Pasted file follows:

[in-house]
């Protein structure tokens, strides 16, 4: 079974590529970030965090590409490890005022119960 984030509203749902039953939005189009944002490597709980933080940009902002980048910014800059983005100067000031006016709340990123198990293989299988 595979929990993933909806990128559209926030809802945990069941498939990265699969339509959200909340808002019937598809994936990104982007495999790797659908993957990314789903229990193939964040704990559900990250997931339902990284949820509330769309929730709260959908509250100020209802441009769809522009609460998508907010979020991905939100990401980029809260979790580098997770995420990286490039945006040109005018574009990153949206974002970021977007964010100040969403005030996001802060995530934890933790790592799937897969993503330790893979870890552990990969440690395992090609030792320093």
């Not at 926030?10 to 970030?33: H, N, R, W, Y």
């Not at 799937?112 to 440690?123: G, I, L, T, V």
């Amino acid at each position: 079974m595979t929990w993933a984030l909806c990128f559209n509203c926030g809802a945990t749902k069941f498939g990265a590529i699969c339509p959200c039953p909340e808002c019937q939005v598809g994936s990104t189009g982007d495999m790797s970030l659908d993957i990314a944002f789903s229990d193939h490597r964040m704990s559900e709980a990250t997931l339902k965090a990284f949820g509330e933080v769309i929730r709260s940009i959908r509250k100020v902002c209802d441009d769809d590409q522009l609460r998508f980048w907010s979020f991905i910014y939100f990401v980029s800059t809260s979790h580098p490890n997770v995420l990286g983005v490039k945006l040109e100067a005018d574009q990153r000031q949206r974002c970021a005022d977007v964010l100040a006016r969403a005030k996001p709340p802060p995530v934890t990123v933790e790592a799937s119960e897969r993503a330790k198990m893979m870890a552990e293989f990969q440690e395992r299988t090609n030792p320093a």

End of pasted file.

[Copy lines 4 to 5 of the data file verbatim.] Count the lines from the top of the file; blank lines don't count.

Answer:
């Not at 799937?112 to 440690?123: G, I, L, T, V």
């Amino acid at each position: 079974m595979t929990w993933a984030l909806c990128f559209n509203c926030g809802a945990t749902k069941f498939g990265a590529i699969c339509p959200c039953p909340e808002c019937q939005v598809g994936s990104t189009g982007d495999m790797s970030l659908d993957i990314a944002f789903s229990d193939h490597r964040m704990s559900e709980a990250t997931l339902k965090a990284f949820g509330e933080v769309i929730r709260s940009i959908r509250k100020v902002c209802d441009d769809d590409q522009l609460r998508f980048w907010s979020f991905i910014y939100f990401v980029s800059t809260s979790h580098p490890n997770v995420l990286g983005v490039k945006l040109e100067a005018d574009q990153r000031q949206r974002c970021a005022d977007v964010l100040a006016r969403a005030k996001p709340p802060p995530v934890t990123v933790e790592a799937s119960e897969r993503a330790k198990m893979m870890a552990e293989f990969q440690e395992r299988t090609n030792p320093a």